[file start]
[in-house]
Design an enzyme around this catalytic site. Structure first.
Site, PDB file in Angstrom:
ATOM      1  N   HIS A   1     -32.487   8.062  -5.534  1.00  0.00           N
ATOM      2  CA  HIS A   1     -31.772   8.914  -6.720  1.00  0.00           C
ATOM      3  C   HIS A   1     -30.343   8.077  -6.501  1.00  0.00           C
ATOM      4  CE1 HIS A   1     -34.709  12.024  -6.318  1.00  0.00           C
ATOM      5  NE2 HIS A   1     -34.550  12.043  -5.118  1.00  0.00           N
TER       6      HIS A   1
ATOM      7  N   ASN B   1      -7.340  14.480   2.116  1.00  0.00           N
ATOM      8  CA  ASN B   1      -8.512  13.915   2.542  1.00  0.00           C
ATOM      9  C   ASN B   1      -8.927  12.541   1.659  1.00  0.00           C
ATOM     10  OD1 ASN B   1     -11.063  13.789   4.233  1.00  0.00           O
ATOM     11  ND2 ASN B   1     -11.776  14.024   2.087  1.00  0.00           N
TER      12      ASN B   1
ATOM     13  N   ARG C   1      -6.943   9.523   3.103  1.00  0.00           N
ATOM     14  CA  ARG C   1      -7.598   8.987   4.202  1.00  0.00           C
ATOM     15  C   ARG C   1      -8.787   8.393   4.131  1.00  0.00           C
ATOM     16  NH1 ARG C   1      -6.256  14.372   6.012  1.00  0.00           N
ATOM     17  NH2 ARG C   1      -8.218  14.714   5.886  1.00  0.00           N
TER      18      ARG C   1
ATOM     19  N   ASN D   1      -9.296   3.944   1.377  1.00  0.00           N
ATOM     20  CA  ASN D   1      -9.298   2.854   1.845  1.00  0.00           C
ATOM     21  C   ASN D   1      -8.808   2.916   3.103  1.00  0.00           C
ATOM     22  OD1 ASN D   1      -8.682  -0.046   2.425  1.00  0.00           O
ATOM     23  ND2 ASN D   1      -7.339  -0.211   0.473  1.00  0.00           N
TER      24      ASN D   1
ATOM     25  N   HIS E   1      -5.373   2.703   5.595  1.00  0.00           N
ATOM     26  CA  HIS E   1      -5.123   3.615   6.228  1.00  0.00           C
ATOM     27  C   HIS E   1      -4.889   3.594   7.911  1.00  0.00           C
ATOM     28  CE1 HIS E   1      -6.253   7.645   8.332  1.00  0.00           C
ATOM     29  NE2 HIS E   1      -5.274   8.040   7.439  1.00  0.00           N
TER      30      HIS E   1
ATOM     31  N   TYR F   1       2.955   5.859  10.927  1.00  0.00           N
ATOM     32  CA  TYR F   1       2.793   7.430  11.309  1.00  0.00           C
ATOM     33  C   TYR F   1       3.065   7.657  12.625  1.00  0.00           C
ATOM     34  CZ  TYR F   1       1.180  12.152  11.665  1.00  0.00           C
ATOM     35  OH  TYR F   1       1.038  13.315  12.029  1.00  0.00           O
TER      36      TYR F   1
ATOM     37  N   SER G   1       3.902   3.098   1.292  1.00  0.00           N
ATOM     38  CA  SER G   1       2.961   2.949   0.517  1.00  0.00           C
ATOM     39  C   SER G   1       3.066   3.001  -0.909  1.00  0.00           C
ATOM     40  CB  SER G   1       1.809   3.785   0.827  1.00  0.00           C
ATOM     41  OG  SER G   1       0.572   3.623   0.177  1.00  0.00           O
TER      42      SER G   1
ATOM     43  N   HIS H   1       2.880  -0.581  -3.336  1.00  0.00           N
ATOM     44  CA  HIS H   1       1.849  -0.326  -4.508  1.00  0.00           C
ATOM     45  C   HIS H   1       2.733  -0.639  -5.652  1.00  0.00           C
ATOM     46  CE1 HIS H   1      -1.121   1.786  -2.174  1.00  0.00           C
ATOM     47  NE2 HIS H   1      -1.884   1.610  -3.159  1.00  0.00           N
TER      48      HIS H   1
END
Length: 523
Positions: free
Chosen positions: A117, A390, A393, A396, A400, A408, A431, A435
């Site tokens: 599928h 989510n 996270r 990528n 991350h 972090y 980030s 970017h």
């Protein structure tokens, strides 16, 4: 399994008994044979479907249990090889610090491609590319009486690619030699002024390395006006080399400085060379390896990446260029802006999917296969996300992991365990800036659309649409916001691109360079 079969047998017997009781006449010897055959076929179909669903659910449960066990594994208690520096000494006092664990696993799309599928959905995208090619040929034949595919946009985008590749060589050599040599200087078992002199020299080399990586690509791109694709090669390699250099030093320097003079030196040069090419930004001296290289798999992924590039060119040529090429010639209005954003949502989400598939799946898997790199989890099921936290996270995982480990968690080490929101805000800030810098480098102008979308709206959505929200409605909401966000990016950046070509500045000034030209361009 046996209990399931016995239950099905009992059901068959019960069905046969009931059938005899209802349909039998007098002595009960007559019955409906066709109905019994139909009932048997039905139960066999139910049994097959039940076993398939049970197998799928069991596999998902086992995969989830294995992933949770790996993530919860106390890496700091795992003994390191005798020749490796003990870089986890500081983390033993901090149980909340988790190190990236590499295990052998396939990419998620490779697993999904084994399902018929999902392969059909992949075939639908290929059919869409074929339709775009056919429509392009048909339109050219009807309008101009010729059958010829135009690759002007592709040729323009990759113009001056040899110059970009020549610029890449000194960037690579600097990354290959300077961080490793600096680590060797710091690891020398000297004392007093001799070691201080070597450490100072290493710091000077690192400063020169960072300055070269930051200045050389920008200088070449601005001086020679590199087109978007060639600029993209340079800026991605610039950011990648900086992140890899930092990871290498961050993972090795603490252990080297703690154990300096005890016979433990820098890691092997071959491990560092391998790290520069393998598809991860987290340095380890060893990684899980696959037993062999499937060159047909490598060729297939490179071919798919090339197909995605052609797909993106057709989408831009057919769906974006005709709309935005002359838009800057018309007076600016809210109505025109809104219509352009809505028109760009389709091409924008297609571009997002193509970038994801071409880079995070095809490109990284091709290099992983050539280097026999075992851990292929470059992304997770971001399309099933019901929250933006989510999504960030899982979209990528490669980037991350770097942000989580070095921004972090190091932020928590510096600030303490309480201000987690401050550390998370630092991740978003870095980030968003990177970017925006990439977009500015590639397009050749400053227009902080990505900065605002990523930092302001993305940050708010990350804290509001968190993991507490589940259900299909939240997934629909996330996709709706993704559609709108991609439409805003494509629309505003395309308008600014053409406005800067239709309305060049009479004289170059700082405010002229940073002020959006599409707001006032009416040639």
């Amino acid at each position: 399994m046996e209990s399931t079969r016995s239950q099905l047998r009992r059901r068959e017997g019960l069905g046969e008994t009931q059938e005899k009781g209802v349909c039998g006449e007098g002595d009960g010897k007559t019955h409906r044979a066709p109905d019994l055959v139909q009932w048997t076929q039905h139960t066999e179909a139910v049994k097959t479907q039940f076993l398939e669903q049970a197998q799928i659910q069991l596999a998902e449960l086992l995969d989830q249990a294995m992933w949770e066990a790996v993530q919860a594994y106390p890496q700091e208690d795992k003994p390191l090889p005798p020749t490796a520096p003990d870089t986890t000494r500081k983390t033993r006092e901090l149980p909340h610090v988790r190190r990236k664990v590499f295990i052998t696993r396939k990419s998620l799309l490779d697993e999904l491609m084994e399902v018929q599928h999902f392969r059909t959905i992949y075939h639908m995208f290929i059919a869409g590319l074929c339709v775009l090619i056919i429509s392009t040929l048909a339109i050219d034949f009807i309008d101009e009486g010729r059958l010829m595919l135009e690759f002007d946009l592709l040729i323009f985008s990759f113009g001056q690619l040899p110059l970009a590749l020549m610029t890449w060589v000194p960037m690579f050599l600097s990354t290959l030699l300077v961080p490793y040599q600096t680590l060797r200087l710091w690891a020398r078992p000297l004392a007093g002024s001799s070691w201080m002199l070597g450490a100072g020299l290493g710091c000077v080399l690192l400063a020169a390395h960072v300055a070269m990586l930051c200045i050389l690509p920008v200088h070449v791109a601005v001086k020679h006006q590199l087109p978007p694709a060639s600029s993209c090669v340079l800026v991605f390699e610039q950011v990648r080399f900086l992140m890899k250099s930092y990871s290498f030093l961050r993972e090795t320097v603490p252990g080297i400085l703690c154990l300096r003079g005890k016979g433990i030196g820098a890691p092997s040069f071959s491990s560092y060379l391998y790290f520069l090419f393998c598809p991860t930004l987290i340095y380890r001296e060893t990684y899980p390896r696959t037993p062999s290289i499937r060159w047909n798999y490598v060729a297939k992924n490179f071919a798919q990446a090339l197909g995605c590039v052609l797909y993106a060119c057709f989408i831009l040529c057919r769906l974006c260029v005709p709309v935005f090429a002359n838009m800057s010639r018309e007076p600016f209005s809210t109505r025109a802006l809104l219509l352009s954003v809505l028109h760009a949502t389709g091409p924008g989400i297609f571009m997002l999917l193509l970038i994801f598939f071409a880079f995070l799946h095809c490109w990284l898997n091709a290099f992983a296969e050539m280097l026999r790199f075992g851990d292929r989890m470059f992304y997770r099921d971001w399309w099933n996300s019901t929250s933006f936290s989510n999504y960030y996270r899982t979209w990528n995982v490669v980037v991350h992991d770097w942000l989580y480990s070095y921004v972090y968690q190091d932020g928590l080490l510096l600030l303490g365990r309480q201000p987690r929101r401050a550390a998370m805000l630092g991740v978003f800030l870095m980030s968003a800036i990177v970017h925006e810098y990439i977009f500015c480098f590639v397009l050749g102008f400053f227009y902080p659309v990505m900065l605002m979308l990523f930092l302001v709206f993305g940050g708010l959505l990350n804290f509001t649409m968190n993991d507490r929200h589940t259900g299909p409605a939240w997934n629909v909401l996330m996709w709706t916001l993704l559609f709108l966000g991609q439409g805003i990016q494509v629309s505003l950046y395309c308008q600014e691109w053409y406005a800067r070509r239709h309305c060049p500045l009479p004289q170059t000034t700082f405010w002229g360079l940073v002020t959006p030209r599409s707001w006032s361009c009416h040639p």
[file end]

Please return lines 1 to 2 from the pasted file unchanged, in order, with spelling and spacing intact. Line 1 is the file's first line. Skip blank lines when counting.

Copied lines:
[in-house]
Design an enzyme around this catalytic site. Structure first.